Product Management Rule #31 from the best-selling book, 42 Rules of Product Management, was written by Jen Berkley, Founder, The Insight Advantage
Your customer’s perceptions are the only thing that matters when it comes to them plunking down money to buy your products
When I was a product manager managing an entire product line, my instincts told me that our customers held insights that were important to constantly tap into in order to make the best decisions about product features, packaging, marketing messaging, and more.
Now that I’m doing customer research for organizations as a consultant, I’m even more aware of the need to make sure that you integrate your customers’ perspective into the design and marketing of products to ensure market success.
How many products do you use that are missing some key feature that would have made the difference between “good” and “great?”
How many times do you install new software and think, “I wonder if they tested this on anyone?”
Unfortunately, way too many product development teams are focused on the cool, latest new technology that they want to put in their customers’ hands vs. talking to those same customers and understanding things from their perspective. It is common sense—it really doesn’t matter what you think about your products. What matters is what the buyer and/or user think. And it’s all about their perception of how well your products meet their needs. Have you heard the term “perception is reality?” Well, your customers’ perceptions are the only thing that matters when it comes to them plunking down money to buy your products.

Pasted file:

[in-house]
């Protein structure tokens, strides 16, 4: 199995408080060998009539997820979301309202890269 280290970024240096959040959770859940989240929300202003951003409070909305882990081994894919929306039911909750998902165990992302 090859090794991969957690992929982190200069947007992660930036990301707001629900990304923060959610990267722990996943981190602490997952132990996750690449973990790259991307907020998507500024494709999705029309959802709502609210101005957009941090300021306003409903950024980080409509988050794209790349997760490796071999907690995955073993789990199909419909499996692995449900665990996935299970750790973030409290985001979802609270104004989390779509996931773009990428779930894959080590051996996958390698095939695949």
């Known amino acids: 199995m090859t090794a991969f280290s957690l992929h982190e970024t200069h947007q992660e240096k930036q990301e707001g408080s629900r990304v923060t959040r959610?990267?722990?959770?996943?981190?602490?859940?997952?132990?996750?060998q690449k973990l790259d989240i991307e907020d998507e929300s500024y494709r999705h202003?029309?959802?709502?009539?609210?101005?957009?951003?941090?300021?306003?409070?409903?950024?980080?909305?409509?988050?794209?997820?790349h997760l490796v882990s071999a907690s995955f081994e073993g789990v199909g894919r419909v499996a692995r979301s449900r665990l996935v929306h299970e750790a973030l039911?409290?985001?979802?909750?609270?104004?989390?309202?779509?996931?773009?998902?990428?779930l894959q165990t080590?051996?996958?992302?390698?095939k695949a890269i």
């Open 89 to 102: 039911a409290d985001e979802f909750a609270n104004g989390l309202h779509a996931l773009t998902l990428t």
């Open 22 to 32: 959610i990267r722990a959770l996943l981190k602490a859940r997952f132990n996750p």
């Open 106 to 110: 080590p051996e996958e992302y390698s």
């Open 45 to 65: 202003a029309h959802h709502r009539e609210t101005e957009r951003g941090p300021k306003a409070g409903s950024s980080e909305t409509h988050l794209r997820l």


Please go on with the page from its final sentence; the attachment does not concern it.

Sure, some people buy products simply because they “need” to have the latest technology.
But most of us buy a product because it solves a need or takes away some pain that we are having.
So you need to make sure that your products are solving your customers’ needs better than your competitors’ products are—and that you are communicating that in a way that they can make that connection themselves.
Grant Thornton International Ltd., one of the world’s leading organizations of independently owned and managed accounting and consulting firms, published a report in September 2009 (“Innovation: The Key to Future Success?”) that explored the sources of innovation. They found that customers are now the leading source of innovations globally (41 percent) and are more important than other sources inside companies, including research and development.
They also found that Asia Pacific organizations are more likely to integrate customer ideas, 48 percent—versus 40 percent of Western European companies and 35 percent of North American companies.
Some of the ways that you can easily integrate customers’ perspectives into your product work include:
- Conduct interviews with people from your target market to help you prior- itize product features in new products based on what they consider most valuable.
- Conduct ongoing customer surveys to gather current user input that can help you target what changes will be made to future product releases.
- Test your marketing messages out on target customers to see which are most effective.
Make sure to build these types of activities into your product development and launch time line/budget. You may run into resistance based on time, money, and the old engineering argument, “How can customers understand emerging technology?” However, these objections can be overcome.
It doesn’t have to take a lot of time and money to make sure that you are launching really great products. Doing so is a great investment that will ensure that you are building something that your customers will really want!
Product Management Rule #31 from the best-selling book, 42 Rules of Product Management